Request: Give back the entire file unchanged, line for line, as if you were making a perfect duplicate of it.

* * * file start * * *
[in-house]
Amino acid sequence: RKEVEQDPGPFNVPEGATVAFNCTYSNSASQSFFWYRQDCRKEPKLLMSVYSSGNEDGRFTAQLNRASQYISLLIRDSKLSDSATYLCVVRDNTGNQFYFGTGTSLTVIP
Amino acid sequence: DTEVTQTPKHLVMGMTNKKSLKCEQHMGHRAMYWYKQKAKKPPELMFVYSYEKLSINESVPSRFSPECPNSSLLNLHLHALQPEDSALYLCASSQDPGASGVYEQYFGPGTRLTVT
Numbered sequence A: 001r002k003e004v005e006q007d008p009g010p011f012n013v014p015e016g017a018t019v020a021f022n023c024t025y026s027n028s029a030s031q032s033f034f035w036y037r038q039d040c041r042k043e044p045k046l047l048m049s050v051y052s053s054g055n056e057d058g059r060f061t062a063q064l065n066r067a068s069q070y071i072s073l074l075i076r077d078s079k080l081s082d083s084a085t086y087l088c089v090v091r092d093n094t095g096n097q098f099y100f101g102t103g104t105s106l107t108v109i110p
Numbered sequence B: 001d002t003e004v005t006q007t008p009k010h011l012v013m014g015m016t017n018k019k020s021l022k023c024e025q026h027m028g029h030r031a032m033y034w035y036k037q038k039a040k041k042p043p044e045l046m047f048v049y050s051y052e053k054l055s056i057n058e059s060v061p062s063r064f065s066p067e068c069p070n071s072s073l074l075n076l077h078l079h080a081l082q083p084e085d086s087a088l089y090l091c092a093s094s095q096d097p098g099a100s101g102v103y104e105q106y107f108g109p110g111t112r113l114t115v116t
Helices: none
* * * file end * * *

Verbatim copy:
[in-house]
Amino acid sequence: RKEVEQDPGPFNVPEGATVAFNCTYSNSASQSFFWYRQDCRKEPKLLMSVYSSGNEDGRFTAQLNRASQYISLLIRDSKLSDSATYLCVVRDNTGNQFYFGTGTSLTVIP
Amino acid sequence: DTEVTQTPKHLVMGMTNKKSLKCEQHMGHRAMYWYKQKAKKPPELMFVYSYEKLSINESVPSRFSPECPNSSLLNLHLHALQPEDSALYLCASSQDPGASGVYEQYFGPGTRLTVT
Numbered sequence A: 001r002k003e004v005e006q007d008p009g010p011f012n013v014p015e016g017a018t019v020a021f022n023c024t025y026s027n028s029a030s031q032s033f034f035w036y037r038q039d040c041r042k043e044p045k046l047l048m049s050v051y052s053s054g055n056e057d058g059r060f061t062a063q064l065n066r067a068s069q070y071i072s073l074l075i076r077d078s079k080l081s082d083s084a085t086y087l088c089v090v091r092d093n094t095g096n097q098f099y100f101g102t103g104t105s106l107t108v109i110p
Numbered sequence B: 001d002t003e004v005t006q007t008p009k010h011l012v013m014g015m016t017n018k019k020s021l022k023c024e025q026h027m028g029h030r031a032m033y034w035y036k037q038k039a040k041k042p043p044e045l046m047f048v049y050s051y052e053k054l055s056i057n058e059s060v061p062s063r064f065s066p067e068c069p070n071s072s073l074l075n076l077h078l079h080a081l082q083p084e085d086s087a088l089y090l091c092a093s094s095q096d097p098g099a100s101g102v103y104e105q106y107f108g109p110g111t112r113l114t115v116t
Helices: none